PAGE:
Perl has a taint option which considers all user input "tainted" until it's been checked with a regular expression. Tainted data can be used and passed around, but it taints any data that it comes in contact with until untainted. For instance, if user input is appended to another string, the new string is also tainted. Basically, any expression that contains tainted values will output a tainted result.
Tainted data can be thrown around at will (tainting data as it goes), but as soon as it is used by a command that has effect on the outside world, the perl script fails. So if I use tainted data to create a file, construct a shell command, change working directory, etc, Perl will fail with a security error.
I'm not aware of another language that has something like "taint", but using it has been very eye opening. It's amazing how quickly tainted data gets spread around if you don't untaint it right away. Things that natural and normal for a programmer, like setting a variable based on user data or opening a file, seem dangerous and risky with tainting turned on. So the best strategy for getting things done is to untaint as soon as you get some data from the outside.
And I suspect that's the best way in other languages as well: validate user data right away so that bugs and security holes can't propagate too far. Also, it ought to be easier to audit code for security holes if the potential holes are in one place. And you can never predict which data will be used for what purpose later.
Clean the data before you store it. Generally you shouldn't be preforming ANY SQL actions without first cleaning up input. You don't want to subject yourself to a SQL injection attack.
I sort of follow these basic rules.
- Only do modifying SQL actions, such as, INSERT, UPDATE, DELETE through POST. Never GET.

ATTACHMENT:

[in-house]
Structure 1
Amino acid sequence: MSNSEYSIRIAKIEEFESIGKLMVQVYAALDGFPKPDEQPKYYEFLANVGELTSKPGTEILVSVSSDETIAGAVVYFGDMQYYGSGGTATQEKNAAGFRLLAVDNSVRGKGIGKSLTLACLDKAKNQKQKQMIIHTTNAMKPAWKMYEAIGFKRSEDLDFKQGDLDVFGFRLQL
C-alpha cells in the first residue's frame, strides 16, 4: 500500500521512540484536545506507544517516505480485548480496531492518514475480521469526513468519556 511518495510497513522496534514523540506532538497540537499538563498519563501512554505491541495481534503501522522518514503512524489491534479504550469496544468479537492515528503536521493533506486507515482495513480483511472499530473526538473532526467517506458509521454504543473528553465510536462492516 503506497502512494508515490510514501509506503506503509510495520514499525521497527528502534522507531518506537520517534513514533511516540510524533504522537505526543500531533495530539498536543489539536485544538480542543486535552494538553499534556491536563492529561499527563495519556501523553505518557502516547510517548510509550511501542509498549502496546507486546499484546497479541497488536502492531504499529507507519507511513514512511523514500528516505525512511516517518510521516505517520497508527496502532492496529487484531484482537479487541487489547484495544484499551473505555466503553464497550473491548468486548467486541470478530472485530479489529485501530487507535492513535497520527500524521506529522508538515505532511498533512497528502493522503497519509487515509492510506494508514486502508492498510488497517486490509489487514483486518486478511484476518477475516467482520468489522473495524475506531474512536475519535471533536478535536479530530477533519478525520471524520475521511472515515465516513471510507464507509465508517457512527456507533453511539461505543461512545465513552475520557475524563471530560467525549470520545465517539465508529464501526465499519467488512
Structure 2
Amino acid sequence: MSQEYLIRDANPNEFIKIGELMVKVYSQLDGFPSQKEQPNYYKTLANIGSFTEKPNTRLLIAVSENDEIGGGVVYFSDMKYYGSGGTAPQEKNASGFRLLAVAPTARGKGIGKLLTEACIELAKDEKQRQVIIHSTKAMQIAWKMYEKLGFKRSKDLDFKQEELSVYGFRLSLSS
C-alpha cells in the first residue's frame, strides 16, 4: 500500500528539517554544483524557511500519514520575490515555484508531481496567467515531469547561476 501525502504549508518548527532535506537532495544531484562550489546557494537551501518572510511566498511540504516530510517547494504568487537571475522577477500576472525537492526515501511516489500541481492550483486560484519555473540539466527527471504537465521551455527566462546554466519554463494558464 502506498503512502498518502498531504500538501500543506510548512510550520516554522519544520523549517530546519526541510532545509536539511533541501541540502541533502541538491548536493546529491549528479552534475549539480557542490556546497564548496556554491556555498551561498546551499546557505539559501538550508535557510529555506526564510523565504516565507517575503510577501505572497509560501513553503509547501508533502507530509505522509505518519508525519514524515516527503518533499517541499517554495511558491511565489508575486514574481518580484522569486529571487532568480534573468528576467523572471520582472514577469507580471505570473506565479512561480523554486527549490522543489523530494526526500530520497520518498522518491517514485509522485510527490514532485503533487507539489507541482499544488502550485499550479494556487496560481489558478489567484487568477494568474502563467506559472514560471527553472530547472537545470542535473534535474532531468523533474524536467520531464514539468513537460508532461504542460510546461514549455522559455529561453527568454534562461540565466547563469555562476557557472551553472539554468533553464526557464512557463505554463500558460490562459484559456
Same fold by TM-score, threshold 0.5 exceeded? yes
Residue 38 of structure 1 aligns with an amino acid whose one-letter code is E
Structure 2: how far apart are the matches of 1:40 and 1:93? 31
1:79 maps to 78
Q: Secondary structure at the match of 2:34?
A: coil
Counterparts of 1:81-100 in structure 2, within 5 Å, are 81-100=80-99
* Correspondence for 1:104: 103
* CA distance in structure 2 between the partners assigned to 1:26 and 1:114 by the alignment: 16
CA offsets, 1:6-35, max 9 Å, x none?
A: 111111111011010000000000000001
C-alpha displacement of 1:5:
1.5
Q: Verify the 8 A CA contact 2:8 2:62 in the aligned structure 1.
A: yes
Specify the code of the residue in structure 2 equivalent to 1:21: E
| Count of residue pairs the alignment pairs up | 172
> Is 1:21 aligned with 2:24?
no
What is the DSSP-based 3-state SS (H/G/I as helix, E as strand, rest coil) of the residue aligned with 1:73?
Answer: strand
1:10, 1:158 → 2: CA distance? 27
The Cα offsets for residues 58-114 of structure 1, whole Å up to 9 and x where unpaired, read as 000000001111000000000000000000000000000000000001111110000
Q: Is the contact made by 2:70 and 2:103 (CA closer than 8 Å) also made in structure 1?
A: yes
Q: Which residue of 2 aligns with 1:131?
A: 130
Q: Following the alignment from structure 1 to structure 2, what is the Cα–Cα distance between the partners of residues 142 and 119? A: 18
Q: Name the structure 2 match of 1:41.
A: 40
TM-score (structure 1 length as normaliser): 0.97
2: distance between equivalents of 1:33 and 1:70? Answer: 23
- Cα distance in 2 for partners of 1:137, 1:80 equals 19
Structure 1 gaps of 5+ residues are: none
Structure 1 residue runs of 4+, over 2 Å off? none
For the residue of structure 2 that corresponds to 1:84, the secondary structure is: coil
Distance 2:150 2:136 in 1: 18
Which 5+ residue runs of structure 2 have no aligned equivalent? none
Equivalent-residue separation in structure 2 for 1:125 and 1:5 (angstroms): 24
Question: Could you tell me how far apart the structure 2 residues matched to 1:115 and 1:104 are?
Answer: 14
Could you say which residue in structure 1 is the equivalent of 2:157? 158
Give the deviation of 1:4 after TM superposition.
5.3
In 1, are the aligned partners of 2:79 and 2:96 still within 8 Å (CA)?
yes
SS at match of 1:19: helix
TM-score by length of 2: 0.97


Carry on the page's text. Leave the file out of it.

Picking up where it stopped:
- Escape everything.
- If you are expecting user input to be something make sure you check that it is that something. For example, you are requesting an number, then make sure it is a number. Use validations.
- Use filters. Clean up unwanted characters.
Users are evil!
Well perhaps not always, but my approach is to always sanatize immediately to ensure nothing risky goes anywhere near my backend.
The added benefit is that you can provide feed back to the user if you sanitize at point of input.
Assume all users are malicious. Sanitize all input as soon as possible. Full stop.
The scary part is that you might even want to start sanitizing data coming out of your database as well. The recent surge of ASPRox SQL Injection attacks that have been going around are doubly lethal because it will infect all database tables in a given database. If your database is hosted somewhere where there are multiple accounts being hosted in the same database, your data becomes corrupted because of somebody else's mistake, but now you've joined the ranks of hosting malware to your visitors due to no initial fault of your own.
Sure this makes for a whole lot of work up front, but if the data is critical, then it is a worthy investment.
I find that cleaning it immediately has two advantages. One, you can validate against it and provide feedback to the user. Two, you do not have to worry about consuming the data in other places.
User input should always be treated as malicious before making it down into lower layers of your application. Always handle sanitizing input as soon as possible and should not for any reason be stored in your database before checking for malicious intent.